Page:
I may have a slight obsession with vanity plates.
I’m not usually a tea drinker, but this day it seemed right. Can’t wait to install these on the grill. Cooks who say they don’t like/need fancy gadgets are lying!Was going to save this for the beach, but already started it. Has anyone read it?
Chesapeake Bay BridgeThe first of probably a hundred tomato sandwiches that will be consumed this summer.
Figs, pistachios, lavender honey and goat cheese. You know…just an appetizer. I am addicted to the app, akinator! Missed this guy for the past two weeksA quiet celebration
At 48, my brother became a first-time dad!
Tag Archives: appetizer
I may have a slight obsession with vanity plates.
I made this spread with a squash that I’ve had leftover since the spring CSA ended. The squash smells wonderful while it’s roasting in the oven as the chunks caramelize in the cinnamon and olive oil. Try to resist eating a few chunks before making the spread!
The spread is sweet and wonderful with warm bread, chips, or crackers. Refrigerate any leftover spread, but it tastes best when you allow it to reach room temperature again before serving…and for the love of pita, make your own chips!
butternut squash spread with tahini (from “Jerusalem: a cookbook“)
one large butternut squash, peeled, seeds an pulp removed, and cut into chunks (approximately 7 cups of chunks)
5 Tbsp tahini paste
1/2 cup plain non-fat Greek yogurt
1/2 tsp salt
3 Tbsp olive oil
1 tsp black and white sesame seeds
2 Tbsp pure maple syrup
1 tsp cinnamon
2 cloves garlic, crushed
Preheat oven to 400 degrees.
Roast the squash: line a large baking sheet with parchment (or you may use a large rectangle baking dish). Place the chunks of squash in a single layer in your baking dish. Drizzle olive oil over squash. Sprinkle with cinnamon and salt. Place in oven and bake until tender, approximately 60-70 minutes, stirring squash once during baking to allow for even roasting. Remove from oven and allow to cool.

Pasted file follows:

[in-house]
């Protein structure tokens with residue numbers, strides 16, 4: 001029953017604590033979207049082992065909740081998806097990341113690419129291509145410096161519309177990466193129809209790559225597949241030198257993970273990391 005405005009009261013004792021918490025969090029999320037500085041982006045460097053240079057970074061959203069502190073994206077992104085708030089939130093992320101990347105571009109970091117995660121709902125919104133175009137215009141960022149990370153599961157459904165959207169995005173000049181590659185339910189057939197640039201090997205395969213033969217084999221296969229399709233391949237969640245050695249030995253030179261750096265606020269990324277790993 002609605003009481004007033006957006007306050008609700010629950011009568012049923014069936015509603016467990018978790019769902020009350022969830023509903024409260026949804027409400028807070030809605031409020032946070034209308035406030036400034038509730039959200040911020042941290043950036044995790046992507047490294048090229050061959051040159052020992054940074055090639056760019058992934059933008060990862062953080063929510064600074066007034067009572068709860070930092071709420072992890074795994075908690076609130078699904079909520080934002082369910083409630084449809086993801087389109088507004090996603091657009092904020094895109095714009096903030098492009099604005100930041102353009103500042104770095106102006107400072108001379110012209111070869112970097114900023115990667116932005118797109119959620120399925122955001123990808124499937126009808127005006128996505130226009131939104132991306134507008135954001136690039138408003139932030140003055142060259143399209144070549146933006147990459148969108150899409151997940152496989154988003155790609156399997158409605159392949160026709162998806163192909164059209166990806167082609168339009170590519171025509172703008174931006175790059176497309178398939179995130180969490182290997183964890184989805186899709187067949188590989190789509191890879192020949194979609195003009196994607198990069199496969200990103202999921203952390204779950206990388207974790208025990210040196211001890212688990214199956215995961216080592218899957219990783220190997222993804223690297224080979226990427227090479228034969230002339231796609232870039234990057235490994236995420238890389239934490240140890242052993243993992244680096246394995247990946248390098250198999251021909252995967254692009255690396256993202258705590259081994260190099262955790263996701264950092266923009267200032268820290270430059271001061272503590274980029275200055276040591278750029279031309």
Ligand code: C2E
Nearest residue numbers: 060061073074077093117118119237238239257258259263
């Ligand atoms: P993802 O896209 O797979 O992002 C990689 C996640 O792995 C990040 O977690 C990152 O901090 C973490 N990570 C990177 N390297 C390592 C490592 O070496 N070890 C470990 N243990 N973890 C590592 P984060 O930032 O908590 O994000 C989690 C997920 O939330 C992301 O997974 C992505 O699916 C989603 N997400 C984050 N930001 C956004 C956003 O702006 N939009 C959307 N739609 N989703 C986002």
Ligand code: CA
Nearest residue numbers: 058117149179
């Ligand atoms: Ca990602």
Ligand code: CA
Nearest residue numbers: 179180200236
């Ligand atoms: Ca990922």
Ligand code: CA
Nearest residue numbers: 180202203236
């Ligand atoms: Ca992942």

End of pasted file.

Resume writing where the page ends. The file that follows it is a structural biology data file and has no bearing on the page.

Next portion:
Place squash in a food processor. Add yogurt, garlic, and tahini paste. Pulse until combined and smooth (it’s okay if it’s a bit chunky). Spread on a serving plate and drizzle with maple syrup. Top with sesame seeds.
This past weekend we decided to forego several larger, more crowded local events (Preakness, Chesapeake Bay Blues Festival, Wine in the Woods) in favor of a beautiful hour-long drive to one of our favorite vineyards (on the east coast, that is).
Calling these potstickers is a bit of a stretch. They are both fried (just a little) and steamed (mostly). You can use potsticker or dumpling wrappers; however I prefer wonton wrappers. They’re a bit thinner and stay a little crispy on top, even after steaming. Don’t lay the wrappers out on the counter until the filling is ready or they will start to harden. I don’t seal the edges in typical potsticker/dumpling fashion. Too difficult for me. I do something more like twisting and crimping, which creates a cute, little parcel.
These can be served with soy sauce or you can get all Momofuku and make a chive oil to drizzle on top (I wish I had a recipe to link to, but sadly it’s only included in the cookbook). Emeril Lagasse has a recipe here. If you make it, add some toasted sesame seeds. Delicious!
I like to serve them with a sweet chili sauce by The Ginger People.
1 package wonton, potsticker, or dumpling wrappers
1 cup yellow split peas
1/2 cup chopped shallots
1/3 cup chopped fresh parsley
salt and pepper
Bring 5 cups of salted water to boil in a saucepan. Add the split peas and lower heat to low to medium. Cook until tender, about 20-30 minutes. Drain. Let cool slightly. Process in food processor until mashed (not pureed). Mixture will be chunky, but you may have to add a bit of water to get it mash properly. Add 1/4 cup of water to start and see how that is. Heat 2 Tbsp oil in a large skillet over medium heat (I use Safflower, but vegetable or canola work). Add shallot and cook until soft, about 5 minutes. Turn heat down to low. Add pea mash to the shallots and stir until thoroughly mixed. Add parsley. You may have to add more water at this point if the mixture seems to dry. It should hold together if pinched. Remove from heat. Salt and pepper to taste. Let cool slightly while you prepare your wonton wrappers.
Sprinkle your counter with a small amount of flour. Lay out your wrappers. How many will you need? Approximately 24, give or take. Drop a mounded teaspoonful of filling into the middle of each wrapper. Pull up the side of each wrapper, twisting and crimping to seal.
At this point you can place them on a cookie sheet lined with parchment paper and freeze them if you don’t want to cook them immediately.
Heat 2 Tbsp oil in a large skillet. Place the potstickers in the skillet, close together but not touching. Work in batches if necessary. Cook in oil long enough to develop a golden brown crust on the bottom of each potsticker, approximately 5-7 minutes. Add 1/3 cup water to the skillet and cover with a tight fitting lid. Steam the potstickers until cooked, approximately 8-9 minutes. Remove from skillet and serve.
These reheat nicely in the microwave.